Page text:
AUTUMN 1995 NEWSLETTER
P. Fallon, M.A. Katzman & S.C. Wooley (Eds.) (1994) Guildford Press, London. 412pp. £25.00 $37.50 Hardback.
This is a very welcome and impressive collection of writings from North America feminist, most of whom are practitioners working with women who have eating problems. The book is divided into five sections: starting with historical and social issues, the body and body image, treatment issues, reconstructing the female text and preventive measures. The names of many contributors will be familiar to those concerned with inter-relationship between gender, mental health and 'disordered' eating: Susan and Wayne Wooley, Esther Rothblum Naomi Wolfe and Ruth Striegel-Moore. The chapters are well written and accessible to a wide range of readers, from undergraduates to postgraduates as well as those without particular background.
As a researcher and practitioner in this field, some chapters in particular stood out to me. For instance, Esther Rothblum offers a very thoughtful critique of way in which negative assumptions about fatness of obesity still prevail in the USA (and one could draw many parallels with European culture) and remain central to the marketing of women's body images. Becky Thompson's chapter (labelled 'multiculturalism') provides an important reminder of the ways which the 'eating disordered client' is constructed from work with a mainly white middle class and heterosexual group of women. Not only does it reflect a paucity of research which is inclusive of a wider population, this type of approach serves to reinforce particular diagnostic criteria and cultural; norms. Again, there are parallels to be found in Europe. Ruth Striegel-Moore's concluding chapter makes suggestions for framing feminists research on eating problems. She lists four criteria which she sees as essential:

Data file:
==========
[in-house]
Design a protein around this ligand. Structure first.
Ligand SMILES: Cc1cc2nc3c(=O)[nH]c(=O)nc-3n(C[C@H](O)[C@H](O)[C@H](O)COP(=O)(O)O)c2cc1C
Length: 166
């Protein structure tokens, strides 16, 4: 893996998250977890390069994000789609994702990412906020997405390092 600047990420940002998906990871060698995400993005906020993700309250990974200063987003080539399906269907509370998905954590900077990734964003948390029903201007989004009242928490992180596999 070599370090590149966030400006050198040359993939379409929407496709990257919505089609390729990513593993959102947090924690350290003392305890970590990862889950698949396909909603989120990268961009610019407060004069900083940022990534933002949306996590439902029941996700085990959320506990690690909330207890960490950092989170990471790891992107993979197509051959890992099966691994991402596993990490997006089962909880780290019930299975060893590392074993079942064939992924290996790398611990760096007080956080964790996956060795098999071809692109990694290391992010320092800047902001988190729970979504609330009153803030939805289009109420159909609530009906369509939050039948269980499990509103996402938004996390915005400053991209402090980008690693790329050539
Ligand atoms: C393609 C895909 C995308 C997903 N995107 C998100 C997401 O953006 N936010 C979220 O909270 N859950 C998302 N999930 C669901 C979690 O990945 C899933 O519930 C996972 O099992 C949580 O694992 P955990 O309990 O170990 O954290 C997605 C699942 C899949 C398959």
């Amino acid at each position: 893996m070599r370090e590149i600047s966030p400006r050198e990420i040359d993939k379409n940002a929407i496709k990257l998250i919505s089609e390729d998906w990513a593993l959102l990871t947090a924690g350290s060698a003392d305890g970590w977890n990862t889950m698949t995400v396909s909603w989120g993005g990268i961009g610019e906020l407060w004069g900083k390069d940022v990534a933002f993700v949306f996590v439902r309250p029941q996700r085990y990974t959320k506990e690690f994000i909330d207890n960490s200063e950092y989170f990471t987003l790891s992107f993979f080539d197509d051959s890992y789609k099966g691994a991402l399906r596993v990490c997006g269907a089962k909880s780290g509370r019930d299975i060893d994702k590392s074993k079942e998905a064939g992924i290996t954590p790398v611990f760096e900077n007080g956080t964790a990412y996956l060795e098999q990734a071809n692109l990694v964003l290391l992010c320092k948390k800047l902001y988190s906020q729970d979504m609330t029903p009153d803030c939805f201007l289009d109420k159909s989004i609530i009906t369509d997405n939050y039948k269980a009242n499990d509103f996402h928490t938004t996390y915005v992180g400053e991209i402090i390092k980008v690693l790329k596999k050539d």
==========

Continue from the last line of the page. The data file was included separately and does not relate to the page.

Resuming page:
While I found this book informative and wide-ranging in its approach to the subject matter, and an important representation of North American feminist literature in this field, it fails to critique it's own approach to the topic. Indeed Susan Wooley's chapter on 'The Female Therapist as Outlaw' is quite unbearably self-congratulatory. there is no analysis of the different theories informing the feminist beliefs which the contributors espouse although it is obvious that many write from an 'essentialist' perspective (e.g. women and men are fundamentally different). Further, in talking about 'women', there is an assumption on the part of the authors that there is no need to deconstruct this category, thereby replicating the very issues which Thompson highlights. I recommend the book.
Eating Disorder Centre,
Salford Health Authority,